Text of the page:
Stocks suffer biggest pullback in 2 months
NEW YORK » Stocks suffered their biggest pullback in two months yesterday, with the Dow Jones industrials logging a triple-digit decline as a lackluster home sales report and a disappointing bond auction halted the market's two-day rally.
The market drifted lower after the National Association of Realtors said sales of U.S. existing homes fell 0.8 percent in December to a seasonally adjusted annual rate of 6.22 million.
Then, in the afternoon, a less-than-enthusiastic reception for the Treasury's latest sale of five-year notes sent bond prices falling and yields rising sharply, rattling stock investors already worried about higher interest rates.
Stocks fell further while the yield on the 10-year Treasury note rose to highs not seen since the summer.
Earlier in the day, investors' cheer over quarterly reports from eBay Inc., Nokia Corp., and AT&T Inc. had failed to translate to gains as strong earnings news had done in previous days.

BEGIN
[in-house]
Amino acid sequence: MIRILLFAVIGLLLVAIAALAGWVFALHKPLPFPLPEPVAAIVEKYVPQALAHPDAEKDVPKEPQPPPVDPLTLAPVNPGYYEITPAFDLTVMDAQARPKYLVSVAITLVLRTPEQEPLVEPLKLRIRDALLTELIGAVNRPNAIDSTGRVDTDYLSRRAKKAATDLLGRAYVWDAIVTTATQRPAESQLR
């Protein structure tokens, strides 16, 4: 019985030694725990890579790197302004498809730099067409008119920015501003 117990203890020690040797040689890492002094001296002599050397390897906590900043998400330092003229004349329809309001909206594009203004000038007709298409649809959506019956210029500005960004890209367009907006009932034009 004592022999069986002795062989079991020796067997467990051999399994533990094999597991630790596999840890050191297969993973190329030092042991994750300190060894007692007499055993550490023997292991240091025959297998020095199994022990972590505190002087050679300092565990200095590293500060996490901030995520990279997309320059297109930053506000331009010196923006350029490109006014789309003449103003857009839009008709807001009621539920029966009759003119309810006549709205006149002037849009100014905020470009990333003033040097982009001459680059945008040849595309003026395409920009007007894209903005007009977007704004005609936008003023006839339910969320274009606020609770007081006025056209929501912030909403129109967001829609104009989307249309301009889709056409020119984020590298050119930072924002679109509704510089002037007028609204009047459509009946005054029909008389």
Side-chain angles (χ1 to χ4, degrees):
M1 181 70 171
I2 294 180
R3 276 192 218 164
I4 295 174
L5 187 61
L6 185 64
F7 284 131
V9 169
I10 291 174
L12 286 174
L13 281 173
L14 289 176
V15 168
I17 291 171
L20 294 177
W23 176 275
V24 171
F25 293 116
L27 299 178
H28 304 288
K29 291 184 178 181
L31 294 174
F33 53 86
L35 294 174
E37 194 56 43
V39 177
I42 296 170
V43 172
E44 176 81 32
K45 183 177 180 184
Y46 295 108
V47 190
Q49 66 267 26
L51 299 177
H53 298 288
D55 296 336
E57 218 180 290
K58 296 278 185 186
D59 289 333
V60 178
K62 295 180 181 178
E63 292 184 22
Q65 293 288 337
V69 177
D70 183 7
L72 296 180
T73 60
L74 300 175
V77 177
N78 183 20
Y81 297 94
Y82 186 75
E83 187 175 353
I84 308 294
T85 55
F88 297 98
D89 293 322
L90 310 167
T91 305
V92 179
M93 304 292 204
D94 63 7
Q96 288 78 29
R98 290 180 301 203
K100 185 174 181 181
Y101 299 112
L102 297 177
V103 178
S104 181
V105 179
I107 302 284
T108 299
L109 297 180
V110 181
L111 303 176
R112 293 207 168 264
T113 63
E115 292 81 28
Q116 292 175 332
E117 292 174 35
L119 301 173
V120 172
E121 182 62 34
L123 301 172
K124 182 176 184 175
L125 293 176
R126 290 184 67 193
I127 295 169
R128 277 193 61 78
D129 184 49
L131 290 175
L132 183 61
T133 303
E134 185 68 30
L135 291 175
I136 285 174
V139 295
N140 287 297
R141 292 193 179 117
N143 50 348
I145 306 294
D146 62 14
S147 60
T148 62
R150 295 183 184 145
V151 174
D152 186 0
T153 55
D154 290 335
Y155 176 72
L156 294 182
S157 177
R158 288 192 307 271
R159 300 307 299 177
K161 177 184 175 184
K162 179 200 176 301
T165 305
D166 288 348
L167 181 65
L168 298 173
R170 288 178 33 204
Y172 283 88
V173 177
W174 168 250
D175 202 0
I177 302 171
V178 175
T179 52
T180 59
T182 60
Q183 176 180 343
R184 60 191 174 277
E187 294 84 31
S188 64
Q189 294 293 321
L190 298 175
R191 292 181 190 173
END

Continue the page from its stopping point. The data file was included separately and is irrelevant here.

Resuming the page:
"We had a great run," said Ryan Larson, senior equity trader at Voyager Asset Management, a division of RBC Dain Rauscher. "I think people are kind of tired right now and looking for other avenues."
The Dow fell 119.21, or 0.94 percent, to 12,502.56.
Broader stock indicators also fell. The Standard & Poor's 500 index fell 16.23, or 1.13 percent, to 1,423.90 and the Nasdaq composite index was down 32.04, or 1.30 percent, at 2,434.24.
The Dow's decline erased nearly all the previous two-day rally of about 145 points.
Declining issues outnumbered advancers by more than 3 to 1 on the New York Stock Exchange, where consolidated volume came to 3.11 billion shares compared with 2.86 billion traded Wednesday.
The Russell 2000 index of smaller companies was down 9.84, or 1.24 percent, at 784.19.
Bond prices fell in response to the auction and the Realtors' news, which also showed the inventory of existing homes available for sale fell 7.9 percent to 3.51 million.
The yield on the benchmark 10-year note jumped to 4.87 percent from 4.81 percent Wednesday. The dollar was mixed against other major currencies, while gold prices fell.
Light, sweet crude fell $1.14 to $54.23 per barrel on the New York Mercantile Exchange. Investors halted recent sharp drops after growing more confident OPEC production cuts would occur.
In corporate news, eBay jumped $2.45, or 8.2 percent, to $32.45 after the online auction house posted a 24 percent increase in profits as sales rose 29 percent.
Ford Motor Co. rose 2 cents to $8.22 even as the automaker reported a loss for 2006 of $12.7 billion -- the worst in its 103-year history.